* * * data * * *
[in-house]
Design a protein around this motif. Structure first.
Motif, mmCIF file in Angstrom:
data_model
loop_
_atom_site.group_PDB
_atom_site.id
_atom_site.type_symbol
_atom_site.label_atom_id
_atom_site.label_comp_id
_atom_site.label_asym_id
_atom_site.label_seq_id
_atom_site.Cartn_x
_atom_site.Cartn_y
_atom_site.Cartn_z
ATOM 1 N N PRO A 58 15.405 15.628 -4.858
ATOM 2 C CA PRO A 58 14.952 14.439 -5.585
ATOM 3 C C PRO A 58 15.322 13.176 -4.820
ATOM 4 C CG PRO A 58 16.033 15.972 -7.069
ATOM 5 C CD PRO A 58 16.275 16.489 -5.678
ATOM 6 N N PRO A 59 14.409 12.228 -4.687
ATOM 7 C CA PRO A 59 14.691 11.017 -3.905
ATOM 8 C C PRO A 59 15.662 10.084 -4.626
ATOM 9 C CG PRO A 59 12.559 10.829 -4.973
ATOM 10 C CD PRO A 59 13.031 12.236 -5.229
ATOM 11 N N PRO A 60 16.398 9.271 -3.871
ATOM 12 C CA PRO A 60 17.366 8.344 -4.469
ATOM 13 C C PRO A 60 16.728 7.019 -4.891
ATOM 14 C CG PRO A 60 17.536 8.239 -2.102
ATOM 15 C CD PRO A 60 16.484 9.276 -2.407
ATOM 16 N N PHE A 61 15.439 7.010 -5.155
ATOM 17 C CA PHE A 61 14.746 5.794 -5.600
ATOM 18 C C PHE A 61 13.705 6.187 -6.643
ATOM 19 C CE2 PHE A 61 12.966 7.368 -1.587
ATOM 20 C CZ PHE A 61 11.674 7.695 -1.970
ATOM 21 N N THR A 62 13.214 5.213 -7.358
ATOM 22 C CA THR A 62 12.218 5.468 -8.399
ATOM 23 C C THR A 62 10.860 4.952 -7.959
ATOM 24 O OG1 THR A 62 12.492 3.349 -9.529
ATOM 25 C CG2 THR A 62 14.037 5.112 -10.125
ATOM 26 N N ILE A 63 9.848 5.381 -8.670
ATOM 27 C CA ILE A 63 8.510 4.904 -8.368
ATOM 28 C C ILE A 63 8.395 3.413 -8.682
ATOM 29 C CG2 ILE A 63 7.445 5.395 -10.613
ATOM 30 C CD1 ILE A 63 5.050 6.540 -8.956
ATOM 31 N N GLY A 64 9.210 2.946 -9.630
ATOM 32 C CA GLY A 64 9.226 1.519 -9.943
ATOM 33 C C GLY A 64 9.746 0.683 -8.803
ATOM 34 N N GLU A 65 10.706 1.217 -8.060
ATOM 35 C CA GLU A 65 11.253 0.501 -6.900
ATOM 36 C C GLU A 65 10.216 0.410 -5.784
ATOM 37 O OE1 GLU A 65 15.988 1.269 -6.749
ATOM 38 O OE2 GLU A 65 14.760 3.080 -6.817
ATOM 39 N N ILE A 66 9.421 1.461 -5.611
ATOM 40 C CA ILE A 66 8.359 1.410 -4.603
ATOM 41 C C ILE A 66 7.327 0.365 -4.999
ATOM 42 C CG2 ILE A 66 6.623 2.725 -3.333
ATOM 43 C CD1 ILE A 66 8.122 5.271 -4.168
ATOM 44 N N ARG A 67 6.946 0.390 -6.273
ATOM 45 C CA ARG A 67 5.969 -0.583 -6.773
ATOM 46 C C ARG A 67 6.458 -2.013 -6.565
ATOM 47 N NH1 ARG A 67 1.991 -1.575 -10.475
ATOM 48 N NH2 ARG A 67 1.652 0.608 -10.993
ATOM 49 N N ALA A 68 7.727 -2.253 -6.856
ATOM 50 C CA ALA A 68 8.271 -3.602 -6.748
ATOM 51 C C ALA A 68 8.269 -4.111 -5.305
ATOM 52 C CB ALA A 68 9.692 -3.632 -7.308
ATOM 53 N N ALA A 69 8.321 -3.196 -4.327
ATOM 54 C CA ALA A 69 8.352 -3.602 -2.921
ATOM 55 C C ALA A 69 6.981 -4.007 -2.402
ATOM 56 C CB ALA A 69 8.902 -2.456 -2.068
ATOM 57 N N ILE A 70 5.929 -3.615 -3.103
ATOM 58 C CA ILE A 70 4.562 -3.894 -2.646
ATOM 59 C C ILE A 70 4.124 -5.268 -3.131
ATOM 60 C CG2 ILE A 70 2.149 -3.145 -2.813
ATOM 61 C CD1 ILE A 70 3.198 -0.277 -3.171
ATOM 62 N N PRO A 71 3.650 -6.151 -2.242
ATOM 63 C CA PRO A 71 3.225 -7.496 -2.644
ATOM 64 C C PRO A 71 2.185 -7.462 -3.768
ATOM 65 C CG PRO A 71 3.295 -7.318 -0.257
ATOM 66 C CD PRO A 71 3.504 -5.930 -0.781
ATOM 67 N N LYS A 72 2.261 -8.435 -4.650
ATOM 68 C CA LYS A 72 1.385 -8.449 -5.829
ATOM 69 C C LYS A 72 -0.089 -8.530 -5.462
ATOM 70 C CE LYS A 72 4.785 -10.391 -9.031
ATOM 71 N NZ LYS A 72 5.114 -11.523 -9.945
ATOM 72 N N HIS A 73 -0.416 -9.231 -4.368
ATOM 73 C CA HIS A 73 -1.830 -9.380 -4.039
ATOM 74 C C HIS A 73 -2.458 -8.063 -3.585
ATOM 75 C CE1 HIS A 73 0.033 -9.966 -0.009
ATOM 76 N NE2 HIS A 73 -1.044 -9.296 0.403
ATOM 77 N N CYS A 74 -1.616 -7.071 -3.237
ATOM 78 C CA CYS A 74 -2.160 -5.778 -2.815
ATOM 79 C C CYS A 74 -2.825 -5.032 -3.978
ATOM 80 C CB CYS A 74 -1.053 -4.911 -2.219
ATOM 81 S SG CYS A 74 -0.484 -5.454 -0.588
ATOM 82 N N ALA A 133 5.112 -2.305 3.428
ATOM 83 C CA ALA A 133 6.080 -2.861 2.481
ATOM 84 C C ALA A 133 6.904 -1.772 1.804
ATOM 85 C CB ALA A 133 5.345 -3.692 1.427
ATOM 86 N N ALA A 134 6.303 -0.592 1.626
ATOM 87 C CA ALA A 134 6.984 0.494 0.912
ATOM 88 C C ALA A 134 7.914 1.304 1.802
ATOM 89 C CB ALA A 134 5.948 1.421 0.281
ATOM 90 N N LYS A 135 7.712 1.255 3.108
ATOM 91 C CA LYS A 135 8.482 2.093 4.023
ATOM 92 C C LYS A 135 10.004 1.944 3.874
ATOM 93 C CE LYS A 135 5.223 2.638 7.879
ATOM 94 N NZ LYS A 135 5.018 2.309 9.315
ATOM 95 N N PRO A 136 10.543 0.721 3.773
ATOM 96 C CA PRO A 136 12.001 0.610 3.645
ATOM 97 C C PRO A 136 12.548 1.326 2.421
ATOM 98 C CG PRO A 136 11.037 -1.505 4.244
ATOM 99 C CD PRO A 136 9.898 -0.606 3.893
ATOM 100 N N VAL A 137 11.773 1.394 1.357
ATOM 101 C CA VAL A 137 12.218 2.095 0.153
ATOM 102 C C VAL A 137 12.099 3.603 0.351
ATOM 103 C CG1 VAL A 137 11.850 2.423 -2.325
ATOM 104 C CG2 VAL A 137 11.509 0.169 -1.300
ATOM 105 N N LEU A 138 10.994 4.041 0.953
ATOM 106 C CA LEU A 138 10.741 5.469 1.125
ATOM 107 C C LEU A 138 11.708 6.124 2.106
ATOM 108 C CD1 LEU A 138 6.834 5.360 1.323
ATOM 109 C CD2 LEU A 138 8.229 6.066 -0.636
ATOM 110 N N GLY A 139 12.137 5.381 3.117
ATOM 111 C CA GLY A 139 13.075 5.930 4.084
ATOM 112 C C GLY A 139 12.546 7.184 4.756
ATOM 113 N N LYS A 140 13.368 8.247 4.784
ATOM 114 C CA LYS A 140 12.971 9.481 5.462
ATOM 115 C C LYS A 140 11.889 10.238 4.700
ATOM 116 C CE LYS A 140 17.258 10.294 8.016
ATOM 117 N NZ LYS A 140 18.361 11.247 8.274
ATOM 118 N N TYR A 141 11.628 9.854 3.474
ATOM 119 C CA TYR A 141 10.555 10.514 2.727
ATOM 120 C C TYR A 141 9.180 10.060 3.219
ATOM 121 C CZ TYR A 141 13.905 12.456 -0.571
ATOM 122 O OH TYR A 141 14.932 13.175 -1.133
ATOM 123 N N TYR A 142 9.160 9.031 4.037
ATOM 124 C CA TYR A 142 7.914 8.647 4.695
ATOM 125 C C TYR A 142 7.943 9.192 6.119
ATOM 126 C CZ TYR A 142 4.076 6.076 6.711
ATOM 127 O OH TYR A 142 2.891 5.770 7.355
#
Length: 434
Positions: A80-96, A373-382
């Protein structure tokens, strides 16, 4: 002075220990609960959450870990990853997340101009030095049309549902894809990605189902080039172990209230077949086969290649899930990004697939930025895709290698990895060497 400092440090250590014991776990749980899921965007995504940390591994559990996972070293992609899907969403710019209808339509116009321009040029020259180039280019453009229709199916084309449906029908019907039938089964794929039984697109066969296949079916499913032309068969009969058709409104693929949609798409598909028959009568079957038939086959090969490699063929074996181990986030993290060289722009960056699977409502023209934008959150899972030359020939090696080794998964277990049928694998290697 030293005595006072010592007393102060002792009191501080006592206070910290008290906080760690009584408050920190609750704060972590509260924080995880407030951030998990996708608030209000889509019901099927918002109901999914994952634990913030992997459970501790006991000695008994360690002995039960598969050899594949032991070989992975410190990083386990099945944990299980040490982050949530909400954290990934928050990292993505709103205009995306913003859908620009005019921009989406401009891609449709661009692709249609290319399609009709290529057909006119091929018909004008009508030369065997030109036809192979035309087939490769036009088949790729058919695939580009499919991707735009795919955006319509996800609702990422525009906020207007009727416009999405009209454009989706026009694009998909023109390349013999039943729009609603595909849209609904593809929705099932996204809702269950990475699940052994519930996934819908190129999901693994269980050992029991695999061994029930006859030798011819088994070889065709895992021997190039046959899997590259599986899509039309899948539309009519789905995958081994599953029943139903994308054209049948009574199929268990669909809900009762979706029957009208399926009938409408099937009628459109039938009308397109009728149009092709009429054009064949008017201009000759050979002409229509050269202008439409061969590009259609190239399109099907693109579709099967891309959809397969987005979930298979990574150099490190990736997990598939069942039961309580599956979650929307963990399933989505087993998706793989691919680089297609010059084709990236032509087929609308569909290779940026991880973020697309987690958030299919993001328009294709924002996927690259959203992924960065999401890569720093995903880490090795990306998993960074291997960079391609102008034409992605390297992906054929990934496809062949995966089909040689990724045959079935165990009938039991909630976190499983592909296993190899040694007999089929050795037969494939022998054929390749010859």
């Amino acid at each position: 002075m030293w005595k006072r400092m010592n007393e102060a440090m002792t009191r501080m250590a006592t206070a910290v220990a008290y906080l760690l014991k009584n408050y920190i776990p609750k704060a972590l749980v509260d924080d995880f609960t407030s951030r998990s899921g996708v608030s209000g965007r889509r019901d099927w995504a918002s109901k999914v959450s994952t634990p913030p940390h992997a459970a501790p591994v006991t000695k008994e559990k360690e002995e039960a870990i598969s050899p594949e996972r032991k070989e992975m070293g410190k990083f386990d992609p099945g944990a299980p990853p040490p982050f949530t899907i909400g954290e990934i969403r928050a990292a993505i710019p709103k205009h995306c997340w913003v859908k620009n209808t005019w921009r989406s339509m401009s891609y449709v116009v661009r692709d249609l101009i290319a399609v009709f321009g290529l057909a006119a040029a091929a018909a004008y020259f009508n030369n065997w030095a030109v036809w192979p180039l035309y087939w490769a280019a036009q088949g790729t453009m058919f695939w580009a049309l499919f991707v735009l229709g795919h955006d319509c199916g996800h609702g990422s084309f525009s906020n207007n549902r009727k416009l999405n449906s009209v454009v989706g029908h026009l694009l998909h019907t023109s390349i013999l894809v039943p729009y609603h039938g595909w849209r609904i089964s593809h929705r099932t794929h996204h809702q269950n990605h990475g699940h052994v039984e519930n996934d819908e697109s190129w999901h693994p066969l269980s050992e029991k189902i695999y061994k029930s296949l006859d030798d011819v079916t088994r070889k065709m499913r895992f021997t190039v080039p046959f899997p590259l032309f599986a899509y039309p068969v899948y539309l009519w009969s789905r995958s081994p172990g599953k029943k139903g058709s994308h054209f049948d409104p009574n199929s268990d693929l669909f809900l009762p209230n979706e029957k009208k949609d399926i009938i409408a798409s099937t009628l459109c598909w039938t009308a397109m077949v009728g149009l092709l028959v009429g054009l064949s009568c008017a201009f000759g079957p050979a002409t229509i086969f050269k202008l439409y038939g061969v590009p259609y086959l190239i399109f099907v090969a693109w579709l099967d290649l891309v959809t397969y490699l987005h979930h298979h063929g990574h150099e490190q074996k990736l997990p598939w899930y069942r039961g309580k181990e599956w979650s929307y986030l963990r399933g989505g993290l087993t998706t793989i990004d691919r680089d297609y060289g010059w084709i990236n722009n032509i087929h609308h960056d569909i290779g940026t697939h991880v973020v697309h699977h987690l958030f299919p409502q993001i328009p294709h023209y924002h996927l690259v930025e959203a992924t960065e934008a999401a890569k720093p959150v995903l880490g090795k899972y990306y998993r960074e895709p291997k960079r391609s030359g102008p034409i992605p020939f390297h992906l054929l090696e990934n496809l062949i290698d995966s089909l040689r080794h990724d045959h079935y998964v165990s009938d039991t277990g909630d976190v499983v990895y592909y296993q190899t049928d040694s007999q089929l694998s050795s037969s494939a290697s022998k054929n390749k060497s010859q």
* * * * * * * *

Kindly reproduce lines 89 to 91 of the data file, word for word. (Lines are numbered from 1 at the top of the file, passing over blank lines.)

ATOM 74 C C HIS A 73 -2.458 -8.063 -3.585
ATOM 75 C CE1 HIS A 73 0.033 -9.966 -0.009
ATOM 76 N NE2 HIS A 73 -1.044 -9.296 0.403